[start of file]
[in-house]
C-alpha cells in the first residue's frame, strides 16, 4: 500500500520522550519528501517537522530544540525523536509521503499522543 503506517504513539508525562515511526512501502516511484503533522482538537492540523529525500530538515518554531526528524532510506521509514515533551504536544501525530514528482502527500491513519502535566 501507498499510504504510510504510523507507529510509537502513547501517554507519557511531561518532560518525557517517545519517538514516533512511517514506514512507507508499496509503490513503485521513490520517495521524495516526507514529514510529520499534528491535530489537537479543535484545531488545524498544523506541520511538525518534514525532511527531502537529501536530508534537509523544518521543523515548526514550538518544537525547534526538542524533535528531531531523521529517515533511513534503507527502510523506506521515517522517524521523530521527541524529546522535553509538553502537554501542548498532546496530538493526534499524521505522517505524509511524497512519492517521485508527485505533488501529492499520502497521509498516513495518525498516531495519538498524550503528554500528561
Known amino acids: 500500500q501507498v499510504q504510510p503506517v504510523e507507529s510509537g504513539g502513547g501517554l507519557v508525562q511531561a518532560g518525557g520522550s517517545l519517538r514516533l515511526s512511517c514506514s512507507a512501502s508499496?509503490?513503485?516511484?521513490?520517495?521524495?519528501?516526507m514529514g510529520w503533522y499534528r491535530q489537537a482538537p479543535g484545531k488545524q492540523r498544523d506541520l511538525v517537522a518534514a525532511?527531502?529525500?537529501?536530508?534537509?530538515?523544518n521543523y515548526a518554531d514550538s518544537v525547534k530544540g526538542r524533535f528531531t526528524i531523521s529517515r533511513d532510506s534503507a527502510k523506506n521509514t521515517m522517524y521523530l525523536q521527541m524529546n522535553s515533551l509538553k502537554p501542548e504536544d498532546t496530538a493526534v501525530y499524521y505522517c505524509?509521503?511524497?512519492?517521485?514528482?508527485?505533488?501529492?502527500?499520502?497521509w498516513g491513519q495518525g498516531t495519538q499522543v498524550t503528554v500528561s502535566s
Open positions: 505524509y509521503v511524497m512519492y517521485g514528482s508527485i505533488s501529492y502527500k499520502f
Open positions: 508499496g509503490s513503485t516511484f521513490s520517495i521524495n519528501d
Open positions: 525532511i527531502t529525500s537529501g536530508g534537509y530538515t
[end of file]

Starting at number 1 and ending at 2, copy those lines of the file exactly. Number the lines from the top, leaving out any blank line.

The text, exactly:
[in-house]
C-alpha cells in the first residue's frame, strides 16, 4: 500500500520522550519528501517537522530544540525523536509521503499522543 503506517504513539508525562515511526512501502516511484503533522482538537492540523529525500530538515518554531526528524532510506521509514515533551504536544501525530514528482502527500491513519502535566 501507498499510504504510510504510523507507529510509537502513547501517554507519557511531561518532560518525557517517545519517538514516533512511517514506514512507507508499496509503490513503485521513490520517495521524495516526507514529514510529520499534528491535530489537537479543535484545531488545524498544523506541520511538525518534514525532511527531502537529501536530508534537509523544518521543523515548526514550538518544537525547534526538542524533535528531531531523521529517515533511513534503507527502510523506506521515517522517524521523530521527541524529546522535553509538553502537554501542548498532546496530538493526534499524521505522517505524509511524497512519492517521485508527485505533488501529492499520502497521509498516513495518525498516531495519538498524550503528554500528561